Anita Desai | Critical Review by Gabriele Annan

This literature criticism consists of approximately 4 pages of analysis & critique of Anita Desai.
This section contains 1,050 words
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SOURCE: "Dreams in Old Delhi," in The Times Literary Supplement, No. 4040, September 5, 1980, p. 948.

In the review of Clear Light of Day below, Annan discusses characterization and plot, concluding that the ending of the book is too explicit.

"The sense of dullness and hopelessness that reigned over their house took on an aspect of intense waiting." That is how one of the two sisters in this Indian novel [Clear Light of Day] remembers her childhood, and she sounds like one of Chekhov's three. The two works have much in common: the theme of frustrated expectation, an elegiac mood, and a tender amusement at people's absurdities.

The novel begins with the triennial visit of the younger sister Tara and her diplomat husband to the old family home, a decaying, suburban mansion on the banks of the Jumna outside Old Delhi. Here Bim, the older sister, lives with...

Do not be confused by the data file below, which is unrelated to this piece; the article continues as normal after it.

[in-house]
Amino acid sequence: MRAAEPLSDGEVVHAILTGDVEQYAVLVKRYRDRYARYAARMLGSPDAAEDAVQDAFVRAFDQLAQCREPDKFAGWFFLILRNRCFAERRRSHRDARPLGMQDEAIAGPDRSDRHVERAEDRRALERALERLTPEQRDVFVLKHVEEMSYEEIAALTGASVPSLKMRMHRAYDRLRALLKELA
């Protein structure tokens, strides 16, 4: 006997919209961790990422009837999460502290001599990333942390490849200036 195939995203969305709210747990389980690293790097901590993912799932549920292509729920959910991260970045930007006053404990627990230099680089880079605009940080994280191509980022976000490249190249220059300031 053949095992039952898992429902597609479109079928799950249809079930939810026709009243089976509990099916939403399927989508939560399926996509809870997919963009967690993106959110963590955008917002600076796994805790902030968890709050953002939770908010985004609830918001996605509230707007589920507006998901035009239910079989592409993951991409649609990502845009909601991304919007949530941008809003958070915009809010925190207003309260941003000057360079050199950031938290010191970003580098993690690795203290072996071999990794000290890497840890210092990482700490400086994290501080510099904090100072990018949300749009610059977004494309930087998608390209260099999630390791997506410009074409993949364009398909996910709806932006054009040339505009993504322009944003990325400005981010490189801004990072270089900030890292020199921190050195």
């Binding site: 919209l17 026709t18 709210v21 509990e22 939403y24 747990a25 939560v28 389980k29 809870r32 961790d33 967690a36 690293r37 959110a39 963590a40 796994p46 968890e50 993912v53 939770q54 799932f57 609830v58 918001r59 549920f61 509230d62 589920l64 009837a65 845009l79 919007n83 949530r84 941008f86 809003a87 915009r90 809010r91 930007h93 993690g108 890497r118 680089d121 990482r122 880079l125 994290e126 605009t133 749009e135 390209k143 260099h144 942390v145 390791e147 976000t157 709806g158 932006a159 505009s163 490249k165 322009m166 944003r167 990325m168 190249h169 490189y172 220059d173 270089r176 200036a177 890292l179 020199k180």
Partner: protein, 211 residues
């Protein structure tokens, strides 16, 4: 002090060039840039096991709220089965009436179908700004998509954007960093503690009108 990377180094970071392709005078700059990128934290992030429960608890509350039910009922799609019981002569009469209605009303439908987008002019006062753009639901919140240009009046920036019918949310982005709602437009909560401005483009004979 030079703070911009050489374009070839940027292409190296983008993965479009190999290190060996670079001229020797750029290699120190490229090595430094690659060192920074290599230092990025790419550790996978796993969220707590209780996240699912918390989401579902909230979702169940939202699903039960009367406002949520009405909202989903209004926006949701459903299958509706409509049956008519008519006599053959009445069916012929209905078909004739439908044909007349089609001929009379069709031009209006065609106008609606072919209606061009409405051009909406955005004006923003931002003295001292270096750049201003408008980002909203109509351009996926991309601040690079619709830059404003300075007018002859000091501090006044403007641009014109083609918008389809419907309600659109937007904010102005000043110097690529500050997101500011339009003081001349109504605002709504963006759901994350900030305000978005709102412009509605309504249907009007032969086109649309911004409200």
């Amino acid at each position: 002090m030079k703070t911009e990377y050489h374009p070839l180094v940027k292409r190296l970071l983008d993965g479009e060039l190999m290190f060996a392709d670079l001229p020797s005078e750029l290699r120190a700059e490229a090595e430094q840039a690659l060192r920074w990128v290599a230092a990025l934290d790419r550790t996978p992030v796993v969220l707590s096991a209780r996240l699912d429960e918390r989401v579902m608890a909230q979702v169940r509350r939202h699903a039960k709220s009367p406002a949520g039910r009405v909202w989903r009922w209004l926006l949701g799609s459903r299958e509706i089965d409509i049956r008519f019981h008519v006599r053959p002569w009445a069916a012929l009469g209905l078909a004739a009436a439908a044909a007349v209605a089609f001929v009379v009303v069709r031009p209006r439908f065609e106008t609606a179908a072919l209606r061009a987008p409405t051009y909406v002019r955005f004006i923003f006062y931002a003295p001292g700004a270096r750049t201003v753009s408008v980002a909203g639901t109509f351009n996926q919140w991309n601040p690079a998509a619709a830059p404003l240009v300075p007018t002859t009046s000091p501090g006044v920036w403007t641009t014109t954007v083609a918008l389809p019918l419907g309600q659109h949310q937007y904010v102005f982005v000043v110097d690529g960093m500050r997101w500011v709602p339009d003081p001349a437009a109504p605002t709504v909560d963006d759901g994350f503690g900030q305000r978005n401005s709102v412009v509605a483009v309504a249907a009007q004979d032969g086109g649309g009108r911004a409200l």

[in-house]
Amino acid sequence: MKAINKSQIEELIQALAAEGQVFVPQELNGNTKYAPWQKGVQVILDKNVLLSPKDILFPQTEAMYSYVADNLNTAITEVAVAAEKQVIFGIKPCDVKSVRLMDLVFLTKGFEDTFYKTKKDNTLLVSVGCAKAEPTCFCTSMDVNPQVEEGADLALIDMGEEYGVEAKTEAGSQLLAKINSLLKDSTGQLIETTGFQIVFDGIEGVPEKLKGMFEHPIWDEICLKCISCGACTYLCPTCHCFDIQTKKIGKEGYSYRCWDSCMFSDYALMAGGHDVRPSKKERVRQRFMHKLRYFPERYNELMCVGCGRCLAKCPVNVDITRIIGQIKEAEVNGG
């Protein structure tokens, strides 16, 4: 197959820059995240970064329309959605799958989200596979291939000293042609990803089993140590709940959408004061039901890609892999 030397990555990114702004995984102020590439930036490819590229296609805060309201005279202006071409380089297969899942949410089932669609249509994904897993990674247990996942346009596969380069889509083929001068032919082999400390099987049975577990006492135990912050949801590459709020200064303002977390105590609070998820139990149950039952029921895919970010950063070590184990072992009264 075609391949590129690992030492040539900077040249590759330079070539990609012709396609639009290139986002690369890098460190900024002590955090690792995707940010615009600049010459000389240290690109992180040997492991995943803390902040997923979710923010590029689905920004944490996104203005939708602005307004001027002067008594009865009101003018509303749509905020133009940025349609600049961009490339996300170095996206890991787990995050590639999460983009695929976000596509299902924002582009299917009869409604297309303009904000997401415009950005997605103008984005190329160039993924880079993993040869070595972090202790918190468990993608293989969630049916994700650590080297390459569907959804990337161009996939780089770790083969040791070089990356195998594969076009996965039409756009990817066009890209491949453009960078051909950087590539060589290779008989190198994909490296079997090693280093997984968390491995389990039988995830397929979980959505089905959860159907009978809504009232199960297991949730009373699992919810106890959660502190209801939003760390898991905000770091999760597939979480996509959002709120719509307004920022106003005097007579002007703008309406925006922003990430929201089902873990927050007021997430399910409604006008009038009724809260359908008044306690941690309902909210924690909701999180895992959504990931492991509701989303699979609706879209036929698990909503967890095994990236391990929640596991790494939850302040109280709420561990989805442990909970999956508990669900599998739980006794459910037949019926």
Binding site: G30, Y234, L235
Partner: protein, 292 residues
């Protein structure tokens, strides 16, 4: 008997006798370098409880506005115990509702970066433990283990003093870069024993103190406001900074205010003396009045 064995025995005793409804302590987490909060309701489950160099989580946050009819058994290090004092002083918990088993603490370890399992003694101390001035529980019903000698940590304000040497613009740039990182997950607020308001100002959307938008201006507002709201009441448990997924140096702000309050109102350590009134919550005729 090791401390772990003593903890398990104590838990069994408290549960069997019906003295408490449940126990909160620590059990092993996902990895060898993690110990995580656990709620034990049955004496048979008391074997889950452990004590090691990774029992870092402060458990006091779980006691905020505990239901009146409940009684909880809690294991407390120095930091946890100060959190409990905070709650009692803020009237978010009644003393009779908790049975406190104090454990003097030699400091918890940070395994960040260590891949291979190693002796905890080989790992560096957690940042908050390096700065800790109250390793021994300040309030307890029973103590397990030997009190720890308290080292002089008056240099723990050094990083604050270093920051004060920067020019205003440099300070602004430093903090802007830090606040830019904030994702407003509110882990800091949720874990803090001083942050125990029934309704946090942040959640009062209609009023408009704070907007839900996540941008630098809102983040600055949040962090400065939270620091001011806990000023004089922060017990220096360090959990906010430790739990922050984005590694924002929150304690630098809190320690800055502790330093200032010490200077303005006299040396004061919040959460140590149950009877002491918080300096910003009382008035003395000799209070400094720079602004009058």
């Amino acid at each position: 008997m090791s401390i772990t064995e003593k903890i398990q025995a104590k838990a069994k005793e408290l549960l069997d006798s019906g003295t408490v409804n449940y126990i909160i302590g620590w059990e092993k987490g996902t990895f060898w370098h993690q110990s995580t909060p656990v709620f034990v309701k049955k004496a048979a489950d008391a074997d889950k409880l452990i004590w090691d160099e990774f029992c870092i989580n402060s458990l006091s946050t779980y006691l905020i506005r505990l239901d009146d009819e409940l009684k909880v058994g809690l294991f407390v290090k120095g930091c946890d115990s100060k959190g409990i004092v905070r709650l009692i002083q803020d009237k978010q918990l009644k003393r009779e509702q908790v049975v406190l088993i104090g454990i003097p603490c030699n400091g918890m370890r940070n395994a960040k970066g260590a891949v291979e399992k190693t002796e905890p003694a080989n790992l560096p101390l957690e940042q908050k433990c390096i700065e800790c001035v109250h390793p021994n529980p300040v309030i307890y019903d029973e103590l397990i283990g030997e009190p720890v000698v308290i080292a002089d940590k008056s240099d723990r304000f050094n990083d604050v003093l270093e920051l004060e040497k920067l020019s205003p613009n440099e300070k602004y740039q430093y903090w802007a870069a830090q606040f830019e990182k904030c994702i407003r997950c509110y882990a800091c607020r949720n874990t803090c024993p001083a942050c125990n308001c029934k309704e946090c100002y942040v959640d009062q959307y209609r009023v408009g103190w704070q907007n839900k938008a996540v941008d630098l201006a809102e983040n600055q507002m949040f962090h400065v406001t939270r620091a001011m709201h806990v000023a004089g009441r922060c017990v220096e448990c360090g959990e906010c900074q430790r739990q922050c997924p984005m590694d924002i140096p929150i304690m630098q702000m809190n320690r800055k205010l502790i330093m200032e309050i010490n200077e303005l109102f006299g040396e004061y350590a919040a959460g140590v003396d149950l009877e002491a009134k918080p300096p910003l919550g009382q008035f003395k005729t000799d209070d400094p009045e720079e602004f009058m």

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This section contains 1,050 words
(approx. 4 pages at 300 words per page)
Buy the Critical Review by Gabriele Annan
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Literature Criticism Series
Critical Review by Gabriele Annan from Literature Criticism Series. ©2005-2006 Thomson Gale, a part of the Thomson Corporation. All rights reserved.
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